Making Progress: Slowly But Surely

March 05, 2022

Progress in kids with GDD and other special needs children is a cause for celebration for their parents that's why I'm happy to share this story.

Miguel has attended three therapy classes so far and I’m so happy with the recent feedback from his teacher.

Making progress in a sure and steady manner

Making Progress: Slowly But Surely

I said in my previous post that he regressed which made the first two sessions (actually, it was the initial assessment and then the first therapy class) with his teacher a bit difficult. I was alarmed because he was being uncooperative even when it came to his two most favorite matching activities – the shape blocks and the vehicle form board.

So, what we did was refocus on these two activities while at home and it paid off because his teacher said that Miguel was a lot easier to prompt to do those tasks during his most recent session.

I asked Miguel’s teacher if we could already consider that as a form of progress and she unhesitatingly said yes, he was definitely improving. I was so ecstatic to hear that. I said that progress is still progress even if it’s slow. I'd be the happiest dad as long as my son is making improvements even if it takes time.

Miguel playing in the garden
Miguel is a contented boy

There’s just one new behavioral issue that recently came up. Well, I didn’t realize it was an issue until Miguel’s teacher told me about it. She asked me if Miguel had a recent bad experience with bathroom sinks because he seemed afraid to go to the toilet. That’s when I told her the story when Miguel suddenly cried and became agitated while he was being bathed in our bathroom around two weeks ago.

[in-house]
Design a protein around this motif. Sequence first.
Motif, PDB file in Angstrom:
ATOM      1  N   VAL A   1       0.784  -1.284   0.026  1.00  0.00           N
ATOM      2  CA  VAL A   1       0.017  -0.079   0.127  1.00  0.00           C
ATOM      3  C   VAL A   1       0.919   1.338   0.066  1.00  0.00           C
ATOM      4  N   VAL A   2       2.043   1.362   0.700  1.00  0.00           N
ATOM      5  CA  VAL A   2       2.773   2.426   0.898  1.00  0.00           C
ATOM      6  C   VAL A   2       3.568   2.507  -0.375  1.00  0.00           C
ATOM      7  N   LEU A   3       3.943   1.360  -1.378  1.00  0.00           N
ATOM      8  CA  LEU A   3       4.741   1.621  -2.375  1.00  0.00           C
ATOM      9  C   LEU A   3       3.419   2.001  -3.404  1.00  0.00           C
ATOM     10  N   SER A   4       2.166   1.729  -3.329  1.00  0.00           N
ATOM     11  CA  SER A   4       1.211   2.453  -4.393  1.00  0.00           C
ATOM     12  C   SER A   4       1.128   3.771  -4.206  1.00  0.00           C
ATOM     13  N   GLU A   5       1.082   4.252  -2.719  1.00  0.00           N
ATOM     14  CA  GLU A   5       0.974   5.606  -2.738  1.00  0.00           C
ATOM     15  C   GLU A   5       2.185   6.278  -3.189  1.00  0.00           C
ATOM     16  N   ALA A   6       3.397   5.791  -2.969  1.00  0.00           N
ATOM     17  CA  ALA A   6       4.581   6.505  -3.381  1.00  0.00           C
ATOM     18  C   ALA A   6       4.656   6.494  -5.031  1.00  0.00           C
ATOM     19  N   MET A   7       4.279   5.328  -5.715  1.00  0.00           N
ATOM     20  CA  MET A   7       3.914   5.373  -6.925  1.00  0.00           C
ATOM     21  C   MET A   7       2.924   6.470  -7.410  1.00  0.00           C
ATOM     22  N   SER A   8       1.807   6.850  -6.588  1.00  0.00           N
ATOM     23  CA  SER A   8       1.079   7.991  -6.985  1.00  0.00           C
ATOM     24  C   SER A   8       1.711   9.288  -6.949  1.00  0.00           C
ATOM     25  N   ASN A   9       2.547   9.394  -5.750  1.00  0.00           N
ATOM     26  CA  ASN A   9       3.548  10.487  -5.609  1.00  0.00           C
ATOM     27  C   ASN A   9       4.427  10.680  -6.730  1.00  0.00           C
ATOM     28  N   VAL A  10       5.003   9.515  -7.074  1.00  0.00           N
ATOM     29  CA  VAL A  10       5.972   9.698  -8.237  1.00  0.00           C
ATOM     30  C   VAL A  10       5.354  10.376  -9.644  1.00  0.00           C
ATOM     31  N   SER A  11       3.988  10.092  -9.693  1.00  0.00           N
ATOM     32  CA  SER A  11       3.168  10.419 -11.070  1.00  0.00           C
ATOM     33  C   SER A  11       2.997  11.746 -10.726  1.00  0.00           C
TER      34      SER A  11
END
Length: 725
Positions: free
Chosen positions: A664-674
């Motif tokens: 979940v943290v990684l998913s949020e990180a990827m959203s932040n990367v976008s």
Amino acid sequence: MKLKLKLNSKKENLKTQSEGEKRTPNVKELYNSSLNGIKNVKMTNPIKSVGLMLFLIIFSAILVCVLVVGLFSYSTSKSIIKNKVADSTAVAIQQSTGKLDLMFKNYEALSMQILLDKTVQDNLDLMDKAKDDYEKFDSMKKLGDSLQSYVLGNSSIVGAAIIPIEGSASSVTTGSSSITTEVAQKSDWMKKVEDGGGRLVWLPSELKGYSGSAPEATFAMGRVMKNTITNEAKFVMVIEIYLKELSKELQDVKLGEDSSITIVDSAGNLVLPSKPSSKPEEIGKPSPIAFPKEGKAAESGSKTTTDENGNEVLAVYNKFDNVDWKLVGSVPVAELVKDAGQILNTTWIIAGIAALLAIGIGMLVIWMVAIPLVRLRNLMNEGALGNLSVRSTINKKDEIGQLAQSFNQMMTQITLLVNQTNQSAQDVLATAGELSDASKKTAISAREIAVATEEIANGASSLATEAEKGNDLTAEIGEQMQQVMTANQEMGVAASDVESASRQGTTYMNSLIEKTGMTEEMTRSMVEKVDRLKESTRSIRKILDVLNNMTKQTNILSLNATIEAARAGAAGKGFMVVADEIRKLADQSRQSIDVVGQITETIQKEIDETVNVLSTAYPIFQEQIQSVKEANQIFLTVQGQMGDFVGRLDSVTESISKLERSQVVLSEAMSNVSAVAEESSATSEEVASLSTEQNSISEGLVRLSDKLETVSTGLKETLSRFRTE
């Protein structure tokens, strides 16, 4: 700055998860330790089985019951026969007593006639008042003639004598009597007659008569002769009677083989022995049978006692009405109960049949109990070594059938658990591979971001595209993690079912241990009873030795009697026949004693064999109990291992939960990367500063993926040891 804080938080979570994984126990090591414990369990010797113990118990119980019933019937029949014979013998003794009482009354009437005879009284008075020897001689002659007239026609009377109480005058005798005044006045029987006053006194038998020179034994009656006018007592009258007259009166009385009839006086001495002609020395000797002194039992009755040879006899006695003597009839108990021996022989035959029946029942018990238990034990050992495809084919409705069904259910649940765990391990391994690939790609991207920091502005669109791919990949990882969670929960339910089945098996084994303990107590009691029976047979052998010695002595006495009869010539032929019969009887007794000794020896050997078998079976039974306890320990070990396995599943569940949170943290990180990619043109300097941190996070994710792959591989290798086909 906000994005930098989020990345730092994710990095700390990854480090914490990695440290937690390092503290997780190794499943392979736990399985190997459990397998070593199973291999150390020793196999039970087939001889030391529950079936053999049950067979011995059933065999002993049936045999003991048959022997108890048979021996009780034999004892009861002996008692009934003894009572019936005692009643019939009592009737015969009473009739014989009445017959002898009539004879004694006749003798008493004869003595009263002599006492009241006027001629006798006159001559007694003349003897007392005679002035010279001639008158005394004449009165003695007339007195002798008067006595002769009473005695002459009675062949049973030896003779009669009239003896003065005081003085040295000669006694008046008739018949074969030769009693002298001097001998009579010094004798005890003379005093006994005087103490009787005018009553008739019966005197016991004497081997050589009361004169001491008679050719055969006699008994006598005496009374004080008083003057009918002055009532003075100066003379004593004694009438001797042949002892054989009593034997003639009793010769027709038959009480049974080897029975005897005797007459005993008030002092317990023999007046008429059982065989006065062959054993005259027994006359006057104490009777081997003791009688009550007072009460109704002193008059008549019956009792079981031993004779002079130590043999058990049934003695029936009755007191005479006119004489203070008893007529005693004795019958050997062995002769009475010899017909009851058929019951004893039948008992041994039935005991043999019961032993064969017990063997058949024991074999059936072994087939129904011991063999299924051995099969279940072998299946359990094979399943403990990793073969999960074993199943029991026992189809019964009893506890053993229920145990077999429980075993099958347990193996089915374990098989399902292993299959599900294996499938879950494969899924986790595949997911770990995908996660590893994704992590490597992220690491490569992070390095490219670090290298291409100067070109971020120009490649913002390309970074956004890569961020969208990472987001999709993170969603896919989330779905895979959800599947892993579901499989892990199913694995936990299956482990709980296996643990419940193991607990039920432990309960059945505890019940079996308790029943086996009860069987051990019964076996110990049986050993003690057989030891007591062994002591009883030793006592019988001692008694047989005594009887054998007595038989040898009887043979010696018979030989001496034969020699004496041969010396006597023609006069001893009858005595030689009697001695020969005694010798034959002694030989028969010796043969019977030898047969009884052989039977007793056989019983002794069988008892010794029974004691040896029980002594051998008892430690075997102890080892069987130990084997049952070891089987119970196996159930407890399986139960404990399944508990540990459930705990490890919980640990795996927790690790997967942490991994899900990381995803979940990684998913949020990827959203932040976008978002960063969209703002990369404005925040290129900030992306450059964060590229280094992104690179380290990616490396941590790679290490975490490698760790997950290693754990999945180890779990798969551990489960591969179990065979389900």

His yaya told me that he seemed to have seen something in the window that scared him. From then on, he wouldn’t go inside our bathroom anymore. I thought that it was only our bathroom that he didn’t like; turns out he’s now afraid of bathrooms, in general.

Miguel’s teacher emphasized that he should be able to get over that fear so we have to gradually reintroduce him again to using the bathroom.

Another matter that I pointed out to his teacher is that when at home, Miguel is cooperative. For example, it’s generally easy to convince him to wash his hands before eating and after playing. It’s been part of his daily routine so it’s a normal activity for him. The problem would arise when he is in another place, like when he is at school, and he would unexpectedly become uncooperative and wouldn’t want to wash his hands.

What I’m just saying is that we wouldn’t know how to react to those unforeseen situations because we’re not used to them happening at home. How can we address something when we don’t realize that they’re possible setbacks in the first place? Miguel is generally contented and doesn’t have any tantrums as long as he is not hungry and he is not bored.

The change in the environment seems to be triggering the shift in the behavior of Miguel. Realizing that made me worried again. On the other hand, it’s also good that we’re aware that things so that we could be ready for them in the event that they do happen.

Well, that’s GDD. It’s unpredictable and full of surprises.

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  1. I am glad to hear he's making progress. Sometimes it is difficult, I know, but I think you'll slowly see progress. Don't let the little things bother you—a new environment, as you noted, can produce unexpected changes. But he should adjust given time and support.

  2. I thoroughly enjoyed reading about your journey in "Making Progress Slowly but Surely." Your honesty and perseverance shine through in every word, and it's truly inspiring to see how you're navigating life's challenges with such grace and determination. Your positive outlook and willingness to embrace the journey, even when progress feels slow, are admirable qualities that many of us can learn from. Keep up the amazing work, and remember that every step forward, no matter how small, is still progress worth celebrating!